I challenged Olympic champion Ed Clancy to an e-bike race… and lost comically

‘It wasn’t my most famous victory, but it’s one of my finest,’ says three-time gold medallist

Ed Clancy racing a BMC at the London Olympic velopark
Ed Clancy left me in his wake on the Lee Valley VeloPark circuit
(Image credit: EBK/Whistle Group)

It’s a perfect spring morning and I’m in East London, killing time under the shadow of the Pringles-shaped dome that is the Lee Valley Velodrome

I’ve come to meet Ed Clancy, a three-time Olympic team pursuit champion with Team GB and now ambassador of a new e-road bike racing series - the EBK. He doesn’t know it yet, but in about half an hour, I’m going to ambush him with a proposition: a straightforward, two-up bike race. 

I’ve been thinking about it all morning. The EBK press officer told me I’d get a “one-to-one” e-bike ride-out with Clancy, which I chose to read more as a one v one. When I turn up, I’m raring to go. I’ve even got a skintight, bright pink race jersey in my rucksack. 

Clancy and I chitchat as we tinker with my saddle height. From what I can make out, the bike they've given me is a BMC Roadmachine AMP Two, an e-road bike with power assistance restricted at 25km/h. It's the most expensive thing I’ve ever ridden, by a factor of three. 

We roll out onto the lumpy, one-mile-long road track next to the velodrome used for the 2012 London Olympics. After I warm up and figure out how to downshift, I turn to Clancy. Let’s have a bit of fun, I say. His face lights up. We agree that, on the next passing of the line, we’ll race one lap of the circuit, dicing through its tight hairpins and down the straight run-in to the finish.  

It’s at this point that I realise I should’ve come with a race tactic. Clancy is a six-time track world champion, former national criterium champion and, as I discovered the night before, a stage winner at the 2011 Tour de Korea. My best result is 36th in a local hill-climb competition. 

When we cross the start line, I panic and start whirring up a big gear. My plan, it would seem, is to spring a long one on him, perhaps in the hope that his Olympic legs have suffered severe atrophy since his retirement, and I’m on the best day of my life.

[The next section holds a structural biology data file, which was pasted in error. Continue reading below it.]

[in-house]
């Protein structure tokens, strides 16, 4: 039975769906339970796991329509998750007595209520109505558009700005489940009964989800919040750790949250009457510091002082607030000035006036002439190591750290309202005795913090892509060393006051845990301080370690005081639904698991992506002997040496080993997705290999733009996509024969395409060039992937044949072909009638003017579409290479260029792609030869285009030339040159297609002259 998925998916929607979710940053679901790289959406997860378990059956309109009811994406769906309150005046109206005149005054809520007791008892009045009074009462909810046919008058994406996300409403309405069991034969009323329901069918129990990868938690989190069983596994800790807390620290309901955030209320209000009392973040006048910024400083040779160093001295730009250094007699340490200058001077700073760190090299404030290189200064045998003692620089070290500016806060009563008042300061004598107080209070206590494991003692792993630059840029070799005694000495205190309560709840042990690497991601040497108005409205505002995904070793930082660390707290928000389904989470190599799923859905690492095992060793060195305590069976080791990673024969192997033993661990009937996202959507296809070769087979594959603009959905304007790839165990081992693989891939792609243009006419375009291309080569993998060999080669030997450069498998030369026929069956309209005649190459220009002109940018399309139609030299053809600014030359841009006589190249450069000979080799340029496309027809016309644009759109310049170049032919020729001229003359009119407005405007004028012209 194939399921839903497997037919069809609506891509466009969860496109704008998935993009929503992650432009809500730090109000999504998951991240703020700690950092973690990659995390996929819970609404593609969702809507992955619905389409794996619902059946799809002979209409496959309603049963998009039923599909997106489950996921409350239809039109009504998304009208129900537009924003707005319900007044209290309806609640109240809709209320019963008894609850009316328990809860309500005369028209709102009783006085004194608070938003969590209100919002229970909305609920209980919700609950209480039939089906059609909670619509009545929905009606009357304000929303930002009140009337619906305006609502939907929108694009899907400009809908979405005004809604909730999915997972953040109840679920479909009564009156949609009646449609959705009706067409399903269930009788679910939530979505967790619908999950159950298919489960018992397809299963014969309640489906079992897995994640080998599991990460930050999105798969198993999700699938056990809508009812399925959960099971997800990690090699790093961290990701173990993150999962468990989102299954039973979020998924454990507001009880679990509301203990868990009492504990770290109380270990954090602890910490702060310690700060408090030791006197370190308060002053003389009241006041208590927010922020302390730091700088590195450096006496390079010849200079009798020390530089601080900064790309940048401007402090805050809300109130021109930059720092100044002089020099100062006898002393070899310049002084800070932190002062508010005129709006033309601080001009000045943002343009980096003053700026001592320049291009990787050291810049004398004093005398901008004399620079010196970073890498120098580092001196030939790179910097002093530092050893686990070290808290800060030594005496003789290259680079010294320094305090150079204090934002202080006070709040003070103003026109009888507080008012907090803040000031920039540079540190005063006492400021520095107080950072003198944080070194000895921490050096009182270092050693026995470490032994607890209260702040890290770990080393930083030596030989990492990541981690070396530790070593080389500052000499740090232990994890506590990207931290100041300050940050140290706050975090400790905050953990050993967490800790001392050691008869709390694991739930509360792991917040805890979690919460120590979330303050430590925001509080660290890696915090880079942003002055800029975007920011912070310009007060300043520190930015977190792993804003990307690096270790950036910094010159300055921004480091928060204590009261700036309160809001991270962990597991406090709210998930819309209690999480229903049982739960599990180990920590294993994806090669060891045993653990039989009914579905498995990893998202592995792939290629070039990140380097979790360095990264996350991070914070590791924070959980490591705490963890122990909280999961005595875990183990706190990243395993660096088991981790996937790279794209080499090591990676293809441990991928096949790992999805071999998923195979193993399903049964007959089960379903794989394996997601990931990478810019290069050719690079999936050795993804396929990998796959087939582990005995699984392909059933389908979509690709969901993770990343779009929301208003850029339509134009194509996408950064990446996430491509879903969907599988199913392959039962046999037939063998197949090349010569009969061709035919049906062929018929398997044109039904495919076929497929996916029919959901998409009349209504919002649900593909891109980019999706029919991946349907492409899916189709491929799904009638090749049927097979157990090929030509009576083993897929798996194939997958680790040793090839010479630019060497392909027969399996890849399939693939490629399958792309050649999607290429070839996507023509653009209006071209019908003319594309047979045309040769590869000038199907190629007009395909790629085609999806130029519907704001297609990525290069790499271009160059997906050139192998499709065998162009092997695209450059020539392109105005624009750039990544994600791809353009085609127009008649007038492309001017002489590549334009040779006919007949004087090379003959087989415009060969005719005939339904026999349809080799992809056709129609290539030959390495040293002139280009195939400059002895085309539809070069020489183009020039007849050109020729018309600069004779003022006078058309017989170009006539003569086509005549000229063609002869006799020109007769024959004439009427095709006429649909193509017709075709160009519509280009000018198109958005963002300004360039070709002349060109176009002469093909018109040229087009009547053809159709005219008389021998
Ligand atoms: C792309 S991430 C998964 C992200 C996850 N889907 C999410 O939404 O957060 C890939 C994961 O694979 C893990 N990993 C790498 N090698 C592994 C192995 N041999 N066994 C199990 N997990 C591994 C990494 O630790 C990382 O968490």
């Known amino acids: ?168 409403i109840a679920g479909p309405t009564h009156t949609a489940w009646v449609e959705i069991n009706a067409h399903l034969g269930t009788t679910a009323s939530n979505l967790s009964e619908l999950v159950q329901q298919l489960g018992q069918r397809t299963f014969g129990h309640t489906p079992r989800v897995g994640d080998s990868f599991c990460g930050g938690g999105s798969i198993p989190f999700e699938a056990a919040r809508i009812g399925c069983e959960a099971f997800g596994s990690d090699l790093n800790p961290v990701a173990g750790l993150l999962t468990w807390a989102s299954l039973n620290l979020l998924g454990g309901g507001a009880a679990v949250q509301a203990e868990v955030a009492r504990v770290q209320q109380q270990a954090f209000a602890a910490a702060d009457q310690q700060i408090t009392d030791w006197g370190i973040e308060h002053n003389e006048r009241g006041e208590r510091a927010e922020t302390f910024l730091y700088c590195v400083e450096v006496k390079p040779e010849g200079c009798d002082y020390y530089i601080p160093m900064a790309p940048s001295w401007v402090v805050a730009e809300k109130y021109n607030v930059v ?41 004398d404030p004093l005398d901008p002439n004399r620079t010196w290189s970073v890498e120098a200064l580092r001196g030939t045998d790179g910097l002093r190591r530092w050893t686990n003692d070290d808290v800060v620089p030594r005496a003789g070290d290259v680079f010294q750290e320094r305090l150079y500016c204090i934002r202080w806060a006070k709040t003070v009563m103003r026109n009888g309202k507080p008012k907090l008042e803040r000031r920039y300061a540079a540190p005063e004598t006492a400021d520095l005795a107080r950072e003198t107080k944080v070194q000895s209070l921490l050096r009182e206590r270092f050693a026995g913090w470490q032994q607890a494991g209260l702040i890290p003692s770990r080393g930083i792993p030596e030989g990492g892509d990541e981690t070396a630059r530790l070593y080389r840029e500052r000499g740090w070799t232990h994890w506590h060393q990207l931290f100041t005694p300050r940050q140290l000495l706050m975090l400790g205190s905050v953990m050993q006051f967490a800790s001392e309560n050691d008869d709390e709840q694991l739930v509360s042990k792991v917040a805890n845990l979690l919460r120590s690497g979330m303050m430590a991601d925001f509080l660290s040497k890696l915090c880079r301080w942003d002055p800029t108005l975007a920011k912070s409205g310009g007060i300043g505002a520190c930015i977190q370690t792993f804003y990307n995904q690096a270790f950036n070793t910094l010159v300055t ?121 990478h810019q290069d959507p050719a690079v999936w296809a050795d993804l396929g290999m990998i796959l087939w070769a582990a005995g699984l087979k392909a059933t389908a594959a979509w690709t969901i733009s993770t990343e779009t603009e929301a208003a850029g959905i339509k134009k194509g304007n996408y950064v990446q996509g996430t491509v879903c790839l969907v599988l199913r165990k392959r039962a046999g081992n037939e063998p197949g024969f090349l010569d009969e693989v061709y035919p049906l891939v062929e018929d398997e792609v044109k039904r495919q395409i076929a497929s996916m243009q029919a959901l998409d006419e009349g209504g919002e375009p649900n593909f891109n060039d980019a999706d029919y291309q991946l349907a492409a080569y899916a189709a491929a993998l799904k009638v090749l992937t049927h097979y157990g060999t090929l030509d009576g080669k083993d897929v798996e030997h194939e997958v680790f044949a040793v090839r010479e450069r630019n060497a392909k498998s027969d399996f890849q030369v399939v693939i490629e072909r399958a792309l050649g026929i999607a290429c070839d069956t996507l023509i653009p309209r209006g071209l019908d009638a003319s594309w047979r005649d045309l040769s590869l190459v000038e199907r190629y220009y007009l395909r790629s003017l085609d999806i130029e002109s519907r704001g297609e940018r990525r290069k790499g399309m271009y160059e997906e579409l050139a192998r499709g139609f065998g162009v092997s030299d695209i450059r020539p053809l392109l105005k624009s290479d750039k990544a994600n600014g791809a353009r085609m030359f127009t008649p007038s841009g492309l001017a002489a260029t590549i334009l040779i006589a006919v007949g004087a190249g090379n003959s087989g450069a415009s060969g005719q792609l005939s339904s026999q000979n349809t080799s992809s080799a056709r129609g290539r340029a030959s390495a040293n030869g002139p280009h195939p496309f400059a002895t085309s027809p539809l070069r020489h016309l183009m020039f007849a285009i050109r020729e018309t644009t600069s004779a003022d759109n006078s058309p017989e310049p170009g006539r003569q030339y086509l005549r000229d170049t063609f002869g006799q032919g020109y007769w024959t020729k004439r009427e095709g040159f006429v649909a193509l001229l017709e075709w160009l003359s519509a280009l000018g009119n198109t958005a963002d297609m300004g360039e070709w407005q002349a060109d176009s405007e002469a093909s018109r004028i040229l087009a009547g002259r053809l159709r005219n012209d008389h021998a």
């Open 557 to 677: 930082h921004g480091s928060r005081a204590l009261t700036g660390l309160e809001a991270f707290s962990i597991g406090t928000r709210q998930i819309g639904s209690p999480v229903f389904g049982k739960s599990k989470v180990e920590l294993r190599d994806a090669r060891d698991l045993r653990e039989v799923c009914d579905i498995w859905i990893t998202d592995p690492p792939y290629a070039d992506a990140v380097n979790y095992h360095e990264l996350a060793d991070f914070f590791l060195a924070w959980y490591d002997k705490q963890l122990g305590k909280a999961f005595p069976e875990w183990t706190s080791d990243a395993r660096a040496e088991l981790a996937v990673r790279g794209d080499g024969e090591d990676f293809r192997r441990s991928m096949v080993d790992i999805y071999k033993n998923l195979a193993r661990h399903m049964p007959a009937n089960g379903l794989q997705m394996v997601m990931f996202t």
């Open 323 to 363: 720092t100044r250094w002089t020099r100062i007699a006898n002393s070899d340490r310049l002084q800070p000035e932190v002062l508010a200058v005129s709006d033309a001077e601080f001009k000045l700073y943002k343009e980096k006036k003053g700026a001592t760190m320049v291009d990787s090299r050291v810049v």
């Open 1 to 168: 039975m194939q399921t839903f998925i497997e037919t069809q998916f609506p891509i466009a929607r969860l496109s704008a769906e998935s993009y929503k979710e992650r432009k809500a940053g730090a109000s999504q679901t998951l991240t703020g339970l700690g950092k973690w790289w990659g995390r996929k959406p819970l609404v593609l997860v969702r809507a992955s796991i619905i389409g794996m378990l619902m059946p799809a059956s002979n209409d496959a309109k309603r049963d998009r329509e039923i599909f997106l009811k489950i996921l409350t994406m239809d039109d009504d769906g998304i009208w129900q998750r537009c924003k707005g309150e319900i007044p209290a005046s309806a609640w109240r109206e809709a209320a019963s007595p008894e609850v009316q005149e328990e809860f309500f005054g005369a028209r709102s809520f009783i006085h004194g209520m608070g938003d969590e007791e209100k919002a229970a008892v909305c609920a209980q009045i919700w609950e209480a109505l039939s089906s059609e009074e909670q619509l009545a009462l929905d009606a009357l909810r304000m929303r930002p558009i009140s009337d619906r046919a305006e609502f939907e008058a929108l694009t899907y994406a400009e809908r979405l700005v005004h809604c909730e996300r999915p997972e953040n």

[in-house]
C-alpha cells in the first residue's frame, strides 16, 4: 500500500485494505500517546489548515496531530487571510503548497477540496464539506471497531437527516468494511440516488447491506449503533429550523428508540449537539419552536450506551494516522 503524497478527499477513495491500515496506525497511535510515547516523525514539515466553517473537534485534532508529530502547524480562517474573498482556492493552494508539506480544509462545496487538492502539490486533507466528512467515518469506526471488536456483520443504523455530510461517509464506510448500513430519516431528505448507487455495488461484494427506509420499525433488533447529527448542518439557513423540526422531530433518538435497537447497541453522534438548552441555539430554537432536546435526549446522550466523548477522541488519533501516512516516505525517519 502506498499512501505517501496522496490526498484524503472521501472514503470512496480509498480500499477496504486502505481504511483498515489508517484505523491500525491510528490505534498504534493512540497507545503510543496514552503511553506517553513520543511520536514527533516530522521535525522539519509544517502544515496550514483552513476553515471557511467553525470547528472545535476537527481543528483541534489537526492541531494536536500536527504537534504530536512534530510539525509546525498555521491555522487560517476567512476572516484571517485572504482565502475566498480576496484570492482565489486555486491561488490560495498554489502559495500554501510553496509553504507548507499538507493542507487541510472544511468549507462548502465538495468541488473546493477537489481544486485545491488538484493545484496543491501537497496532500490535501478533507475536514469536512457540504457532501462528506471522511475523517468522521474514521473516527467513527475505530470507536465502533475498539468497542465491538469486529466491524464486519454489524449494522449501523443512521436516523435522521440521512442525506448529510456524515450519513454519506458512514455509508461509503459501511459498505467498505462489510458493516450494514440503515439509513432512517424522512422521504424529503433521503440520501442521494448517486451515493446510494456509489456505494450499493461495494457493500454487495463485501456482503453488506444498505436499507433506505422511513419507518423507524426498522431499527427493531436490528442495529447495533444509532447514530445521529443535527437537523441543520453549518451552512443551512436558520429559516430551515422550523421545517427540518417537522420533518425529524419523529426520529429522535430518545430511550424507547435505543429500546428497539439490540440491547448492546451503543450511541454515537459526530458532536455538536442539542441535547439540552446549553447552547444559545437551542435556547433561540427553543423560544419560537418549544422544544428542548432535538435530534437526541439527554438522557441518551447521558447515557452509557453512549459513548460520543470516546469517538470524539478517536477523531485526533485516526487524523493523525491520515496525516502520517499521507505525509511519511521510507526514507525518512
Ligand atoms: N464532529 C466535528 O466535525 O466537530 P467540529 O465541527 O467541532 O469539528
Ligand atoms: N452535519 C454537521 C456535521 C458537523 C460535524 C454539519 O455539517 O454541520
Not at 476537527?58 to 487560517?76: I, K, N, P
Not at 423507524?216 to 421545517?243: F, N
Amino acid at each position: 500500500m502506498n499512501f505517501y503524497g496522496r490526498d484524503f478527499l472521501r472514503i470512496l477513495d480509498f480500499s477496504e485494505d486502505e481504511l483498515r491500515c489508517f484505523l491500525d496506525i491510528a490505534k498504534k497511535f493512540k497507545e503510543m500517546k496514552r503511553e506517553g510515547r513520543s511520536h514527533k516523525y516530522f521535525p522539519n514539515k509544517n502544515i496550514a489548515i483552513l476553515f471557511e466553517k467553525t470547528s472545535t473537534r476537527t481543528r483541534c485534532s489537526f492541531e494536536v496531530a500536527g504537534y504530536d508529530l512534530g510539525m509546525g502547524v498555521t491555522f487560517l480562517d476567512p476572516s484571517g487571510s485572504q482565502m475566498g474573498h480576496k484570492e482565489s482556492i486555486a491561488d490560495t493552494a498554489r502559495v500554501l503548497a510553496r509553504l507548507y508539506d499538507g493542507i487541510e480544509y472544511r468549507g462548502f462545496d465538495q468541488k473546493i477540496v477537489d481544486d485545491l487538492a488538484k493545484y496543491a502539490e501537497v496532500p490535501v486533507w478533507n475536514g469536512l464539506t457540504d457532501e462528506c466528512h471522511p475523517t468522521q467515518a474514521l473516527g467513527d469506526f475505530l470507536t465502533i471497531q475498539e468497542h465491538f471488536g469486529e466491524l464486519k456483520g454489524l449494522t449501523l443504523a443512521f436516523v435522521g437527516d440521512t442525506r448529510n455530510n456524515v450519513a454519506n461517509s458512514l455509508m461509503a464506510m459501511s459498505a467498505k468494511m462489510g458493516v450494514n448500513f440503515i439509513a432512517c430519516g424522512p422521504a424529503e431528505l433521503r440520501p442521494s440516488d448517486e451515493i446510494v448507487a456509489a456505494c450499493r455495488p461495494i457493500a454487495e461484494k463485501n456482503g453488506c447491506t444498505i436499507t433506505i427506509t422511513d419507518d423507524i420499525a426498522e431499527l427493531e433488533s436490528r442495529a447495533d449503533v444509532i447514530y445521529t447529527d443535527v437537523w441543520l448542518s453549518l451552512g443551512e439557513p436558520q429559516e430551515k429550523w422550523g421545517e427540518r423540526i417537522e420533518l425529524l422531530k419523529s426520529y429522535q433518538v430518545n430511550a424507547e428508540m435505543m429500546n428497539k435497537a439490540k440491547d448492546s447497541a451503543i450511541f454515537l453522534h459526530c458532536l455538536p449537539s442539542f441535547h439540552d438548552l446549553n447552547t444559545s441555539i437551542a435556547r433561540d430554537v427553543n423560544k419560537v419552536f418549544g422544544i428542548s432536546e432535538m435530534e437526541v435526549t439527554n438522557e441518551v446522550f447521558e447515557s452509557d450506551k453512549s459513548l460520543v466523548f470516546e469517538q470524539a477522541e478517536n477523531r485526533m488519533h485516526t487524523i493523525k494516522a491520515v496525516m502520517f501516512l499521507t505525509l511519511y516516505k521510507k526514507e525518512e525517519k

Ed Clancy riding a BMC e-bike in motion blurred image

(Image credit: EBK/Whistle Group)

It quickly transpires that neither is true. Clancy latches onto my wheel, and as the road dips slightly, he leaps ahead, rounds a corner and puts three bike lengths into me.

The chase is on. I tuck my elbows in and stare down at my top tube to check turbo mode is activated. It is. Sadly, though, the power assist is useless at these speeds, and I kick through the pedals in desperation. 

When I look up, Clancy is no closer. He’s soft-pedalling. I’m gasping. The dry air catches my throat, and my eyes start to water. To those onlooking, I’m beaten, but I’ve watched enough hours of bike racing to know it's not truly over until one of us reaches the line. 

At the circuit's halfway point, Clancy sits up in his saddle and checks over his shoulder. I can’t tell whether he feels sorry or simply wants to toy with me, but he eases up and waits for me to regain contact. 

I know what to do. We come into a short uphill, side by side, and as we crest the summit, I dip onto the inside line and attack again. This is it, I think to myself, the race-winning move, but when I look back beneath my armpit, Clancy’s on my wheel once more. It’s coming down to a sprint. 

I don’t want to lead him out, so I let him through with 50m to go. This proves a fatal mistake. Seated, Clancy powers ahead, dealing me a cheeky smile as he steers clear and off into the horizon. The ease with which he dispatches me is comical. I don’t know what I was expecting, but it's nothing less than I deserve - a humbling at the hands of an Olympic legend. 

“It wasn’t my most famous victory, but it’s one of my finest,” Clancy tells me afterwards, chuckling. “Your tactics are on point, I think you just didn’t have the grim determination needed to take me on in that sprint.

“The bikes are fun, they’re punchy out the corners. I enjoyed the race, so thanks for that.” 

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Tom Davidson
News and Features Writer

Tom joined Cycling Weekly as a news and features writer in the summer of 2022, having previously contributed as a freelancer. He is the host of The TT Podcast, which covers both the men's and women's pelotons and has featured a number of prominent British riders. 

An enthusiastic cyclist himself, Tom likes it most when the road goes uphill and actively seeks out double-figure gradients on his rides. 

He's also fluent in French and Spanish and holds a master's degree in International Journalism.